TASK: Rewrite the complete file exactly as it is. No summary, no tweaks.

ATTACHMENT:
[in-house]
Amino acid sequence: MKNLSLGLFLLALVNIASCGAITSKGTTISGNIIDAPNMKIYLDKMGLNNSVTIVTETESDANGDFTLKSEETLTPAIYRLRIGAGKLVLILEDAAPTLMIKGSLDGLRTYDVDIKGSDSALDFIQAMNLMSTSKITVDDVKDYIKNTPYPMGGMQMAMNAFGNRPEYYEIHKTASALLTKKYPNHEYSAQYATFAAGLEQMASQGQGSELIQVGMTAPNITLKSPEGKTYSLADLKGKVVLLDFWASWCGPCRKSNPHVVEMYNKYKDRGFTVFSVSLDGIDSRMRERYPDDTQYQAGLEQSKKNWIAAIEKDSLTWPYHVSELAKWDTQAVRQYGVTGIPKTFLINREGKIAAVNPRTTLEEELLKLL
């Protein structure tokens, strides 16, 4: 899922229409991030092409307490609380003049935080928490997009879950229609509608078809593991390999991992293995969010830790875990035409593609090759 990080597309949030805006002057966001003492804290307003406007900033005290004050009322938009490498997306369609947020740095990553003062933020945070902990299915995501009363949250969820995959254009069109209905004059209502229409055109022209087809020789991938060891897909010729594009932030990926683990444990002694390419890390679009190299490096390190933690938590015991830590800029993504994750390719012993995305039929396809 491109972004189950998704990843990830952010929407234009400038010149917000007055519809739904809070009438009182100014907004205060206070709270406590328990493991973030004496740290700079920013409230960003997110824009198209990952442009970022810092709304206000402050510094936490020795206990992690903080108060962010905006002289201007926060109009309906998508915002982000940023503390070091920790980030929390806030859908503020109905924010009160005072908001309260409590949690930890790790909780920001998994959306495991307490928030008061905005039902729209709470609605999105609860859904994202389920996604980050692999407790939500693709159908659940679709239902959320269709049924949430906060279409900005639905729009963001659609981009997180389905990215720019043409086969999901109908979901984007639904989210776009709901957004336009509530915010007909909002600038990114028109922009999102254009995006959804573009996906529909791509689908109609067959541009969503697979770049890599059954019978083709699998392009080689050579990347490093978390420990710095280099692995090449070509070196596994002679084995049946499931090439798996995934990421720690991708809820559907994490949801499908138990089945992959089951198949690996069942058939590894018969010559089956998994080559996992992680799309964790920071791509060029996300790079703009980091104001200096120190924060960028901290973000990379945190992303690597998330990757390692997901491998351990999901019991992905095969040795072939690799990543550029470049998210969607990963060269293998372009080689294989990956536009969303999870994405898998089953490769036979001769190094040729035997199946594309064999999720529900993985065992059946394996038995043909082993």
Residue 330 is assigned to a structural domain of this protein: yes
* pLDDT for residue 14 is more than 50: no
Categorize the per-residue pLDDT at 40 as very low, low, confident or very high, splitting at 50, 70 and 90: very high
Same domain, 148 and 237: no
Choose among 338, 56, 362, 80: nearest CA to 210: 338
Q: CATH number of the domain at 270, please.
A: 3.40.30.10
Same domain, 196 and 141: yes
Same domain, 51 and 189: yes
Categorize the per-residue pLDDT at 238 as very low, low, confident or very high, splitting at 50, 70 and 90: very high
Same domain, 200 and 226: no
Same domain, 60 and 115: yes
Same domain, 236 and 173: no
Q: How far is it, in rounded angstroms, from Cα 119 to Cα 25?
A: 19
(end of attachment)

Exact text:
[in-house]
Amino acid sequence: MKNLSLGLFLLALVNIASCGAITSKGTTISGNIIDAPNMKIYLDKMGLNNSVTIVTETESDANGDFTLKSEETLTPAIYRLRIGAGKLVLILEDAAPTLMIKGSLDGLRTYDVDIKGSDSALDFIQAMNLMSTSKITVDDVKDYIKNTPYPMGGMQMAMNAFGNRPEYYEIHKTASALLTKKYPNHEYSAQYATFAAGLEQMASQGQGSELIQVGMTAPNITLKSPEGKTYSLADLKGKVVLLDFWASWCGPCRKSNPHVVEMYNKYKDRGFTVFSVSLDGIDSRMRERYPDDTQYQAGLEQSKKNWIAAIEKDSLTWPYHVSELAKWDTQAVRQYGVTGIPKTFLINREGKIAAVNPRTTLEEELLKLL
């Protein structure tokens, strides 16, 4: 899922229409991030092409307490609380003049935080928490997009879950229609509608078809593991390999991992293995969010830790875990035409593609090759 990080597309949030805006002057966001003492804290307003406007900033005290004050009322938009490498997306369609947020740095990553003062933020945070902990299915995501009363949250969820995959254009069109209905004059209502229409055109022209087809020789991938060891897909010729594009932030990926683990444990002694390419890390679009190299490096390190933690938590015991830590800029993504994750390719012993995305039929396809 491109972004189950998704990843990830952010929407234009400038010149917000007055519809739904809070009438009182100014907004205060206070709270406590328990493991973030004496740290700079920013409230960003997110824009198209990952442009970022810092709304206000402050510094936490020795206990992690903080108060962010905006002289201007926060109009309906998508915002982000940023503390070091920790980030929390806030859908503020109905924010009160005072908001309260409590949690930890790790909780920001998994959306495991307490928030008061905005039902729209709470609605999105609860859904994202389920996604980050692999407790939500693709159908659940679709239902959320269709049924949430906060279409900005639905729009963001659609981009997180389905990215720019043409086969999901109908979901984007639904989210776009709901957004336009509530915010007909909002600038990114028109922009999102254009995006959804573009996906529909791509689908109609067959541009969503697979770049890599059954019978083709699998392009080689050579990347490093978390420990710095280099692995090449070509070196596994002679084995049946499931090439798996995934990421720690991708809820559907994490949801499908138990089945992959089951198949690996069942058939590894018969010559089956998994080559996992992680799309964790920071791509060029996300790079703009980091104001200096120190924060960028901290973000990379945190992303690597998330990757390692997901491998351990999901019991992905095969040795072939690799990543550029470049998210969607990963060269293998372009080689294989990956536009969303999870994405898998089953490769036979001769190094040729035997199946594309064999999720529900993985065992059946394996038995043909082993």
Residue 330 is assigned to a structural domain of this protein: yes
* pLDDT for residue 14 is more than 50: no
Categorize the per-residue pLDDT at 40 as very low, low, confident or very high, splitting at 50, 70 and 90: very high
Same domain, 148 and 237: no
Choose among 338, 56, 362, 80: nearest CA to 210: 338
Q: CATH number of the domain at 270, please.
A: 3.40.30.10
Same domain, 196 and 141: yes
Same domain, 51 and 189: yes
Categorize the per-residue pLDDT at 238 as very low, low, confident or very high, splitting at 50, 70 and 90: very high
Same domain, 200 and 226: no
Same domain, 60 and 115: yes
Same domain, 236 and 173: no
Q: How far is it, in rounded angstroms, from Cα 119 to Cα 25?
A: 19